Continue reading Please Kill Me! Interview with Legs McNeil

Your Mother Wears Combat Boots

Punk rock gives birth to a whole new generation…literally.

By Phil Wise

Like any era, scene, phase, what-have-you, punk rock has grown into something much bigger than the dirty architects imagined in their puke drenched booths at CBGB. It’s matured (egads!) and even been accepted by the mainstream (don’t tell Johnny Rotten-Lydon-Rotten), despite the New York Dolls being snubbed for the Rock and Roll Hall of Fame. Yes, it seems rock and roll’s snot-nosed, loudmouthed little brother has grown up a bit. And so have some of the followers of the scene, which has given birth, er, to the punk rock mom. And they are hot.

All around big cities and even some small towns you can see punk chicks pushing strollers and toting wet naps. Decked out in their leather jackets, spiked hair and Doc Martins, they’ve added to their uniform another list of accessories that includes binkies, Pampers, animal crackers and Tickle Me Elmo. These mavens of punk Momdom can just as soon be heard humming the theme to Barney as the Dead Boys‘ “Caught with the Meat in Your Mouth.”

And the punk moms may not just be raising fine kids, they may in fact be the saviors of a movement that’s been subjugated and tamed by mass media. Imagine the looks of blue hairs (those whose hair is blue due to age rather than by design) when punk mom strolls in with Baby Stiv on hip and a Walkman blasting “Gimme Gimme Shock Treatment.” Punk kids may have lost all their shock value but what about the punk moms? Not to mention they’re raising a generation brought up on gobbing as a sign of respect, something babies are naturally adept at.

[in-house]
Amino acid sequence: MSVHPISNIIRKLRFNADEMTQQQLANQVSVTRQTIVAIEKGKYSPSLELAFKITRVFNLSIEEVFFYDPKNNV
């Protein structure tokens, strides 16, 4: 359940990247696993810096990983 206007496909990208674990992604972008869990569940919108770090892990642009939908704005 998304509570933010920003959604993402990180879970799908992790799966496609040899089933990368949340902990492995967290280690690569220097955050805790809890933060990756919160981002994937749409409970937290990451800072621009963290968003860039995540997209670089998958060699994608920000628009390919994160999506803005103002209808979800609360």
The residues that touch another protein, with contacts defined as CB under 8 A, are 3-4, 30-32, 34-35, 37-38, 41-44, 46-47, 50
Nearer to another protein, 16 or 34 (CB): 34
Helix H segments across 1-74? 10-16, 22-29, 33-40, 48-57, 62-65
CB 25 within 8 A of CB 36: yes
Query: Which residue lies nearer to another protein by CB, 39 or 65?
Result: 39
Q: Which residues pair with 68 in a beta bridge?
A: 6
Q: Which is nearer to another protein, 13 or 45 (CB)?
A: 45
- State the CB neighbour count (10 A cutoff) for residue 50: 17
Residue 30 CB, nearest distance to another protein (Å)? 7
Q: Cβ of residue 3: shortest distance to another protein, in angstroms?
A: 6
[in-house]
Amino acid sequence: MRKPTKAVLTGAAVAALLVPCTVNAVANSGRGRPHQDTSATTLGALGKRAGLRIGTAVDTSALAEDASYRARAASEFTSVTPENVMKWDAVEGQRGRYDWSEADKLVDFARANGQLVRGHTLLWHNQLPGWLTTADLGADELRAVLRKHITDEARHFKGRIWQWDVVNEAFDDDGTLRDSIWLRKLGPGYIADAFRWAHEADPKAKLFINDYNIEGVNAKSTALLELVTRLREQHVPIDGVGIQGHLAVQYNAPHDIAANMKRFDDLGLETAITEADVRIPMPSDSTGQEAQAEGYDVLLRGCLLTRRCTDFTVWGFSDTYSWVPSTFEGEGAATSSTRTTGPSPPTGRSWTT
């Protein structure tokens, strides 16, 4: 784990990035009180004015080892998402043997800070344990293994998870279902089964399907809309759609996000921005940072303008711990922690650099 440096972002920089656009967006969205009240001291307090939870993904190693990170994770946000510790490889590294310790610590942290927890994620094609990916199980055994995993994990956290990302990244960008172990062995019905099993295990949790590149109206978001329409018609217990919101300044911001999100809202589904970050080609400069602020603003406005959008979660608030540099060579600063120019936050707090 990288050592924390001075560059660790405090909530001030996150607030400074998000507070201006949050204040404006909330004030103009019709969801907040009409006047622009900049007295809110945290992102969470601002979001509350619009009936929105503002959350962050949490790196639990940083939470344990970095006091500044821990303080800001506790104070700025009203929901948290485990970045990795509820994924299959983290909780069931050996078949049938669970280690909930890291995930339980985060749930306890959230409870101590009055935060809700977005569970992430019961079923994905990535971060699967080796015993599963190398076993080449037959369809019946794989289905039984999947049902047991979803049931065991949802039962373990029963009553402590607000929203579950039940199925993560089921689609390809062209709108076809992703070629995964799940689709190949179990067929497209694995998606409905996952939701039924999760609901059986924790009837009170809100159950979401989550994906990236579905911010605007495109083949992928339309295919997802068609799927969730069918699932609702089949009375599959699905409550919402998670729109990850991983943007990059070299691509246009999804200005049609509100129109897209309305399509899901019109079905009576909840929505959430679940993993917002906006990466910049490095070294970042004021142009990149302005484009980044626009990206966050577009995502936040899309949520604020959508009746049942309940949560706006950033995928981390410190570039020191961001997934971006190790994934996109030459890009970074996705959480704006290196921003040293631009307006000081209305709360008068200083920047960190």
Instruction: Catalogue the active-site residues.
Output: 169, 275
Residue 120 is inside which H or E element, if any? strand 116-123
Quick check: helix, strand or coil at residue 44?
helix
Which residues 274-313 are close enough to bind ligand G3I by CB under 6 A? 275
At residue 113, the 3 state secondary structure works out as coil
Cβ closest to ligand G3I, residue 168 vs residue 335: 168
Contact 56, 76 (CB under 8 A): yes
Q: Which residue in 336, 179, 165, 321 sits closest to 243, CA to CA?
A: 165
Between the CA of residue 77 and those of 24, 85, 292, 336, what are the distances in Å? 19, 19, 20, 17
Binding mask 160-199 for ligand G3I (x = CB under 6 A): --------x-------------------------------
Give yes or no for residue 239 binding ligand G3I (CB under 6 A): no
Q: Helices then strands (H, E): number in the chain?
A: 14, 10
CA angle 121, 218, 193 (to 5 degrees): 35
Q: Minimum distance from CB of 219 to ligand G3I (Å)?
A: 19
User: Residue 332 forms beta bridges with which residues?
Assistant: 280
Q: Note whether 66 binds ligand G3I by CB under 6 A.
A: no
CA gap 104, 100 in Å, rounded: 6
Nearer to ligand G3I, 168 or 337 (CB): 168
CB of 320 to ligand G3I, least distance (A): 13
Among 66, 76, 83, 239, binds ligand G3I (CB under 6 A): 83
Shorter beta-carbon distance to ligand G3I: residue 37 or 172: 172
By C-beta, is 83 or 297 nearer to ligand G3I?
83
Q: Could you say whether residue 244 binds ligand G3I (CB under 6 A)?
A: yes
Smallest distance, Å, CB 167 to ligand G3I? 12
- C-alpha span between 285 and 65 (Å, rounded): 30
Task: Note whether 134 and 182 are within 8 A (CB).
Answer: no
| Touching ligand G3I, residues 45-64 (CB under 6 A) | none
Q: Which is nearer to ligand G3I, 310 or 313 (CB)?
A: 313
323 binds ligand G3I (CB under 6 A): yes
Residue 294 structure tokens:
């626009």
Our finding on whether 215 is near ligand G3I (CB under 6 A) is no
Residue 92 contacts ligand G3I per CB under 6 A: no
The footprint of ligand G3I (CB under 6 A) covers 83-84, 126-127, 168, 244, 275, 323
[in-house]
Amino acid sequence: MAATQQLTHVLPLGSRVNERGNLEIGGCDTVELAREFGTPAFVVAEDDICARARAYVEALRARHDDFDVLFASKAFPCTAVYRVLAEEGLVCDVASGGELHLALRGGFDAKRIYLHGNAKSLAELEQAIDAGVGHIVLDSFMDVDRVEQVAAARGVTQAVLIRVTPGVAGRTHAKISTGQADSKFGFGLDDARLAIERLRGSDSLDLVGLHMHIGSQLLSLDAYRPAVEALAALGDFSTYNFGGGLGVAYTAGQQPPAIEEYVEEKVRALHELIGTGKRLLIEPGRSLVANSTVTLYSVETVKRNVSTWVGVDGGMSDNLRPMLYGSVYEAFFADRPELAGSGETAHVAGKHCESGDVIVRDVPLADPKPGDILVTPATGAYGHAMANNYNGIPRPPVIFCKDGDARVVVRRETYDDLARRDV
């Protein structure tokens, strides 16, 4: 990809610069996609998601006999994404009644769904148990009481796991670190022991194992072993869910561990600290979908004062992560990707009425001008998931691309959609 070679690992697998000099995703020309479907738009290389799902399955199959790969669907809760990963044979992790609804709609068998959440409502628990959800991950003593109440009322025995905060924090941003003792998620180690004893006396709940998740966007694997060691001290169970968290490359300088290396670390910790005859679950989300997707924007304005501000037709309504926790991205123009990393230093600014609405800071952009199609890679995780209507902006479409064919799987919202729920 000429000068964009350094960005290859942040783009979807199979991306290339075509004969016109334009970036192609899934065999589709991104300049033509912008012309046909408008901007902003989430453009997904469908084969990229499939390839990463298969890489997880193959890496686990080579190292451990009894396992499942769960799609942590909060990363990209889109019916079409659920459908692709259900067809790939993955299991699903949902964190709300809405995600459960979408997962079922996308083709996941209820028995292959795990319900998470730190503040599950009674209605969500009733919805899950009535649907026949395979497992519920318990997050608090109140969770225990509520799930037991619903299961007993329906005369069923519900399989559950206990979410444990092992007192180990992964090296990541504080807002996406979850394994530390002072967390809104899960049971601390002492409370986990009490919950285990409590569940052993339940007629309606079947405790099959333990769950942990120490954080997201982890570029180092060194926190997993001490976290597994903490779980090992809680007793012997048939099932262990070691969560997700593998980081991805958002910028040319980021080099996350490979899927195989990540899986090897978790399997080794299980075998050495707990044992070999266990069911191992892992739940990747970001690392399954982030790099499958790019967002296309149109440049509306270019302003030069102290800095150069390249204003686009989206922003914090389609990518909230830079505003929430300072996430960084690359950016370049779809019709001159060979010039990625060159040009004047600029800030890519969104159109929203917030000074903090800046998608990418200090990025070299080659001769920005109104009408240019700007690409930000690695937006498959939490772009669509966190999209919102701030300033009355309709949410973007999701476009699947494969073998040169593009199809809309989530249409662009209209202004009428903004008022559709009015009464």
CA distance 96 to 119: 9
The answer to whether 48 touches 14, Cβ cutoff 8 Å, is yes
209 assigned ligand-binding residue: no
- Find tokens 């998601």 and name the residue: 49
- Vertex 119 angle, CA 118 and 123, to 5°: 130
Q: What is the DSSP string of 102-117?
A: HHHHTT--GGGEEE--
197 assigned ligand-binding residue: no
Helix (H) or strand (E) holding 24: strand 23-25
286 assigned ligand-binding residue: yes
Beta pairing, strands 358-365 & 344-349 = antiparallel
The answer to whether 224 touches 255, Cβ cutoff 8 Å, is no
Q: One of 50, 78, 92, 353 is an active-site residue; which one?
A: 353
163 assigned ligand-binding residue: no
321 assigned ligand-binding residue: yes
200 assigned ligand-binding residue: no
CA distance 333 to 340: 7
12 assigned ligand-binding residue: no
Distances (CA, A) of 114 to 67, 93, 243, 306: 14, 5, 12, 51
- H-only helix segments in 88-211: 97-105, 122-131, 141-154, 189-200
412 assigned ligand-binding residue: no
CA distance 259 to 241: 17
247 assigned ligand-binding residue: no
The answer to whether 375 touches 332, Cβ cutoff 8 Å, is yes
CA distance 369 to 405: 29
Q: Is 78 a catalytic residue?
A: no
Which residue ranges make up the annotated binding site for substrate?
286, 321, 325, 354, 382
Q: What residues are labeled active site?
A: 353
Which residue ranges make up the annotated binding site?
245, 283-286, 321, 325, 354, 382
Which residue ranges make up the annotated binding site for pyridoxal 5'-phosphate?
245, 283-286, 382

Now, punk broke some 25 years ago and certainly there were scenesters who became parents in that quarter century, but never before have we seen such a proliferation of punk in maternity wards as we have today. Perhaps it’s because punk’s influence over those years has spread to include a wider range of people. Regardless, there is a new wave of mothers out there still clinging to punk ethics, fashion, music and politics and they’re raising children!

Yes, God May Not Save the Queen, but as long as there are moms out there listening to Television, shacking up with guys who “look exactly like Richard Hell” and know that “Gabba Gabba Hey” is NOT baby-talk, then I’ll sleep well knowing America is in good hands.

Smartass Motor City Punks

Check out this letter to the editor from the July 6, 1972 issue of Rolling Stone:

I can’t help but notice that nearly every time you mention Detroit, it’s some sort of put-down. I wish you wouldn’t pass judgment on an entire city. Not everyone around here holds John Sinclair as his savior, or spends his time grooving on the MC5, Alice Cooper, the Stooges and so on. […] Not all of us are smartass Motor City punks.

Jeff Stern

Southfield, Mich.

Isn’t that great! Associating “punks” with the MC5 and the Stooges (and Alice Cooper — huh?) back in 1972. How cool is that?

Posted another Lester Bangs review. This time it’s Black Sabbath’s Master of Reality.

Continue reading Smartass Motor City Punks